sudo docker run -itd -p 5984:5984 -p 5986:5986 --name=couchdb0 -e NODENAME='couchdb-0-project' --mount 'source=volume-0-couchdb-project,target=/opt/couchdb/data' couchdb:2.3.1

Restart the container based on --name=couchdb0 on subsequent runs with

sudo docker restart couchdb0

Connect to a remote CouchDB that’s only listening on localhost

If your server is example.com, your username on that server is username, your ssh daemon is listening on a non-standard port 1000 (standard is 22), running this command will log you into that ssh server and create a tunnel from the server’s port 5984, where CouchDB normally listens, and your local port 22222.

This allows you to open http://localhost:22222 to reach your server’s CouchDB through the tunnel, with Fauxton available at http://localhost:22222/_utils.

ssh -p 1000 -L 22222: username@example.com

In case your ssh server doesn’t use a non-standard port, and only uses port 22, the command becomes even simpler.

ssh -L 22222: username@example.com

Any other useful command that you think should make this list?

This article is a living document and I’ll update it with new commands and change and fix any of the existing ones as needed.

What happens when there are no more plants?


If you stop and think about what happens when all the plants are gone, it can become obvious. If it’s not, maybe the results of the simulation can shine some light.

With energy source running out, beings closer to the top of the food chain can still survive and make progress for a while, by feeding on those lower in the food chain. Oblivious to their upcoming destiny, however, sooner or later they go extinct too.

Z. Fras, “Artificial life simulation,” M. S. thesis, University of Zagreb,
Zagreb, Croatia, 2014.

Is it weird to quote your own thesis? I don’t know, is it? Perhaps.

Let’s pretend that’s fine for a bit, because the data is real, the simulation is real, the title is obvious and the world is, not just metaphorically, on fire, so you’re not here for the answer to the question, you’re here to go deeper. You’re here because you hope there’s more. You’re still reading because you hope we can do something about it and you want to know what your part is. Or that’s my mental image of the kind of person you are.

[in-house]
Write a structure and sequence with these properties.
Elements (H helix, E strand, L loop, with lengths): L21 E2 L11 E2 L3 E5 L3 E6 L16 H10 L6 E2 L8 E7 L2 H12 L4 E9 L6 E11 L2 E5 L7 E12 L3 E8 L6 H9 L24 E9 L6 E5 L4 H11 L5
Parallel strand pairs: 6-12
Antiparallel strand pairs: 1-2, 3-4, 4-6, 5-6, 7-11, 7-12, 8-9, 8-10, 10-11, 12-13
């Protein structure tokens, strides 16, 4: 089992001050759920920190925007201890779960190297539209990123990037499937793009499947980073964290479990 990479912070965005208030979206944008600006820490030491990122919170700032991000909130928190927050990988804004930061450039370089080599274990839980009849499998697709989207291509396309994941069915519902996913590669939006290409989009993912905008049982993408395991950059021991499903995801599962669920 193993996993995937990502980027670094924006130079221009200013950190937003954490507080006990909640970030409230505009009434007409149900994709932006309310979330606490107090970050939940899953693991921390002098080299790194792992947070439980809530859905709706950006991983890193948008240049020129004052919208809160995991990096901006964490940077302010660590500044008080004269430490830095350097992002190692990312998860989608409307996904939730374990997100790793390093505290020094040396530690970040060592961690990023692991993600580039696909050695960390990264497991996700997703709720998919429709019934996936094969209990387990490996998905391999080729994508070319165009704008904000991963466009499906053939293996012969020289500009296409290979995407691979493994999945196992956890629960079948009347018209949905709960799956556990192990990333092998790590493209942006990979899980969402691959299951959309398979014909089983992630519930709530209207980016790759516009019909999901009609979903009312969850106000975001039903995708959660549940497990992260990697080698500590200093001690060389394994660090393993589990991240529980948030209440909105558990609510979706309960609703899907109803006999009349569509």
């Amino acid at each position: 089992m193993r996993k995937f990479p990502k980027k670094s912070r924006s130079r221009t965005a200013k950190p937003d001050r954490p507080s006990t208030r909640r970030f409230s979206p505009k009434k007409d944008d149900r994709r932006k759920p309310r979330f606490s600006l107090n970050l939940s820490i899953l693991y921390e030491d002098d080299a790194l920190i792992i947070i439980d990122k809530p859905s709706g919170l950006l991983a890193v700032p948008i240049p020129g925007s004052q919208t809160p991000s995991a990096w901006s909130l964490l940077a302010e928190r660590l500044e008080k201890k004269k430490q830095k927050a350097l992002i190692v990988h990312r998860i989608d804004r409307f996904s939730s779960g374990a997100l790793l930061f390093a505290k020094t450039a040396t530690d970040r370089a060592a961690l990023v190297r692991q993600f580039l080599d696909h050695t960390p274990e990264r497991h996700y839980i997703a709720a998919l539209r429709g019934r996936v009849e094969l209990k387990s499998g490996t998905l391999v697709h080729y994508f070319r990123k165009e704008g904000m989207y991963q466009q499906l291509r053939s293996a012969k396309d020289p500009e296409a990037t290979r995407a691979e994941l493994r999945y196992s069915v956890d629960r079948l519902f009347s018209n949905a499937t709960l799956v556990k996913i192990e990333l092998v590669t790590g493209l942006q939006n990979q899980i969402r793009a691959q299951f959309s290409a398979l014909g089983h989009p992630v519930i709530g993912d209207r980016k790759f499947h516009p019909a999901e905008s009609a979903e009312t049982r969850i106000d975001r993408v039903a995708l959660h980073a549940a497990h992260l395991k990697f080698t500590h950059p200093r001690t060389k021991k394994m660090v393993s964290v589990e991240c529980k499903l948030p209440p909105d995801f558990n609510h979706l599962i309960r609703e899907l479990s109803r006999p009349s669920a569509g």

If it was all black and white, we would end here. Quite literally. We’re killing our forests, our plants are dying, simulations are predicting our demise. We ought to write our eulogies as we look at the smoke raising on the horizon as the setting sun paints beautiful, bloody, hues. Our only hope for life would be the Phoenix of the next civilization raising from these ashes, thinking to themselves “What the heck happened to these guys, they had such advanced technology…”. Because life finds a way, and if it was a movie, it leaves room for a sequel.

Luckily, world has shades of gray, and like the bloody sunset, it has color, visible and invisible spectrum. Simulations are not copies of the real world, and this is our first movie, not the sequel.

Let’s dive in

This is not the only outcome observed in the simulation. Two other, at the first glance, equally gloomy outcomes, appeared frequently.

  1. Beings on top of the food chain exhausted their life sustaining resources, and essentially eradicated the world until there was nothing left but plants. This outcome is not that interesting to us humans. The solution sounds simple, we all just (if by lack of choice) go vegan. Until this scenario turns into the one this article is about. So, in your mind, just prepare to go vegan and bundle them together.
  2. Due to sheer luck of the draw and fortunate initial placements, life arranged itself in favorable position of energy flow that led to overpopulation. So overpopulation is fortunate? Compared to extinction, certainly. Our universe is huge, there is still plenty of space to populate. Beings in the simulation bent the rules of the physics engine in rare fluke cases and escaped the confines of their safe little bubble. Just like them, humanity too is exploring the vicinity of our little bubble. Outside of it, our universe is a very hostile place.

If we bundle the first alternate outcome (or convince ourselves it’s fine to ignore it), we notice how obvious the second one is. We’re making accelerated progress with SpaceX, Blue Origin, NASA’s latest plans, and plenty of other, lesser known companies. The only thing left is to address the main one.

The main topic of this article, what happens when all plants die, is also obvious. Yet, while obvious, it carries inherent dangers.

Have you ever thought about what would happen if there were no more plants? A chain reaction!

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Inherent dangers

While the answer to the question “What follows the extinction of plant life?” is obvious and the dangers seem obvious too, what’s not obvious is that it’s a chain. A food chain.

And change in chains travels as a wave. Those who spend time with me on a daily basis (hello teammates) now smiled a bit, sensing a physics lesson coming up. I’ll keep it light, promise. When something happens on one end of the chain, the effects influence their neighboring link, which influences their neighboring link, which influences their neighboring link… Effects are slowly making their way throughout the whole chain and finally reach the other end of the chain. The longer the chain, the longer it takes for changes to propagate.

But Zvonimir, that’s obvious, everybody can see it coming!